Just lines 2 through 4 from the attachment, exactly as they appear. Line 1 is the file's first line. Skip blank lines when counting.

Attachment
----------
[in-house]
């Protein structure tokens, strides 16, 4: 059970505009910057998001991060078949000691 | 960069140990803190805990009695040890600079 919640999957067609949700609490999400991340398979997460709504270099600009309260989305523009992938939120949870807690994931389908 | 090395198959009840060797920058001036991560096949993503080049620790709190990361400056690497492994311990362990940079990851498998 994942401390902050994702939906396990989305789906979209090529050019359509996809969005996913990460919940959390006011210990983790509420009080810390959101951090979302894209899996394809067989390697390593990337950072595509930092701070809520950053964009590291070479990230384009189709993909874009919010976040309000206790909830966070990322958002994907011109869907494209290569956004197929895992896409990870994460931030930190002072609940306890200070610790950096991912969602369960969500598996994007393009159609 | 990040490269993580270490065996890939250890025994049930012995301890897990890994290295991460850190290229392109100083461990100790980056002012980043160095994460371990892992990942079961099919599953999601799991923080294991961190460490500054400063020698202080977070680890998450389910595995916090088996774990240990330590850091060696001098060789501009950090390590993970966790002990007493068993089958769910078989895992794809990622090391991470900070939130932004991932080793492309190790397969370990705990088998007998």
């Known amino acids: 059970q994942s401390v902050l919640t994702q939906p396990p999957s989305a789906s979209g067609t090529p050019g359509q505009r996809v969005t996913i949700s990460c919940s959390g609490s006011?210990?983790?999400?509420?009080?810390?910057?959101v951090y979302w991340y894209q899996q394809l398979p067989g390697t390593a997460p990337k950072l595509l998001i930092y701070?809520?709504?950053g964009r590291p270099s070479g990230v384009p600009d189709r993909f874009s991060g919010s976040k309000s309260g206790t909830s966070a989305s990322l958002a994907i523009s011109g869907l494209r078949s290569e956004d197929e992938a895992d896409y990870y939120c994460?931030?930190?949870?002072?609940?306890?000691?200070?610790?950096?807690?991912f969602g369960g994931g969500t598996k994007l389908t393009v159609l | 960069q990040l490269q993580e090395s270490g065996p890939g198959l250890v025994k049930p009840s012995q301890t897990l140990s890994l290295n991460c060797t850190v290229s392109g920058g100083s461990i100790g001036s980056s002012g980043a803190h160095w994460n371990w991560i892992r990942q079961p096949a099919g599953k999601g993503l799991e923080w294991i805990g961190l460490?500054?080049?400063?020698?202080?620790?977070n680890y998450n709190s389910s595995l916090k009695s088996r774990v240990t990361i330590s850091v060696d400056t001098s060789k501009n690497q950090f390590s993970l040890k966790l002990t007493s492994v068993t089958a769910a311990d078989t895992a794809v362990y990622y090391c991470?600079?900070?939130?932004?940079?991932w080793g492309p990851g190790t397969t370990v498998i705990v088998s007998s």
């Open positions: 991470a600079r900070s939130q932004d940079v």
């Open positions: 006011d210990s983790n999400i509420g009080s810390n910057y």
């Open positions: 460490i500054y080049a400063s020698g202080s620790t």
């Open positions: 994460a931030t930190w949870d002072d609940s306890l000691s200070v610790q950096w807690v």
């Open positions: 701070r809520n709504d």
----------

């Protein structure tokens, strides 16, 4: 059970505009910057998001991060078949000691 | 960069140990803190805990009695040890600079 919640999957067609949700609490999400991340398979997460709504270099600009309260989305523009992938939120949870807690994931389908 | 090395198959009840060797920058001036991560096949993503080049620790709190990361400056690497492994311990362990940079990851498998 994942401390902050994702939906396990989305789906979209090529050019359509996809969005996913990460919940959390006011210990983790509420009080810390959101951090979302894209899996394809067989390697390593990337950072595509930092701070809520950053964009590291070479990230384009189709993909874009919010976040309000206790909830966070990322958002994907011109869907494209290569956004197929895992896409990870994460931030930190002072609940306890200070610790950096991912969602369960969500598996994007393009159609 | 990040490269993580270490065996890939250890025994049930012995301890897990890994290295991460850190290229392109100083461990100790980056002012980043160095994460371990892992990942079961099919599953999601799991923080294991961190460490500054400063020698202080977070680890998450389910595995916090088996774990240990330590850091060696001098060789501009950090390590993970966790002990007493068993089958769910078989895992794809990622090391991470900070939130932004991932080793492309190790397969370990705990088998007998």
């Known amino acids: 059970q994942s401390v902050l919640t994702q939906p396990p999957s989305a789906s979209g067609t090529p050019g359509q505009r996809v969005t996913i949700s990460c919940s959390g609490s006011?210990?983790?999400?509420?009080?810390?910057?959101v951090y979302w991340y894209q899996q394809l398979p067989g390697t390593a997460p990337k950072l595509l998001i930092y701070?809520?709504?950053g964009r590291p270099s070479g990230v384009p600009d189709r993909f874009s991060g919010s976040k309000s309260g206790t909830s966070a989305s990322l958002a994907i523009s011109g869907l494209r078949s290569e956004d197929e992938a895992d896409y990870y939120c994460?931030?930190?949870?002072?609940?306890?000691?200070?610790?950096?807690?991912f969602g369960g994931g969500t598996k994007l389908t393009v159609l | 960069q990040l490269q993580e090395s270490g065996p890939g198959l250890v025994k049930p009840s012995q301890t897990l140990s890994l290295n991460c060797t850190v290229s392109g920058g100083s461990i100790g001036s980056s002012g980043a803190h160095w994460n371990w991560i892992r990942q079961p096949a099919g599953k999601g993503l799991e923080w294991i805990g961190l460490?500054?080049?400063?020698?202080?620790?977070n680890y998450n709190s389910s595995l916090k009695s088996r774990v240990t990361i330590s850091v060696d400056t001098s060789k501009n690497q950090f390590s993970l040890k966790l002990t007493s492994v068993t089958a769910a311990d078989t895992a794809v362990y990622y090391c991470?600079?900070?939130?932004?940079?991932w080793g492309p990851g190790t397969t370990v498998i705990v088998s007998s």
């Open positions: 991470a600079r900070s939130q932004d940079v």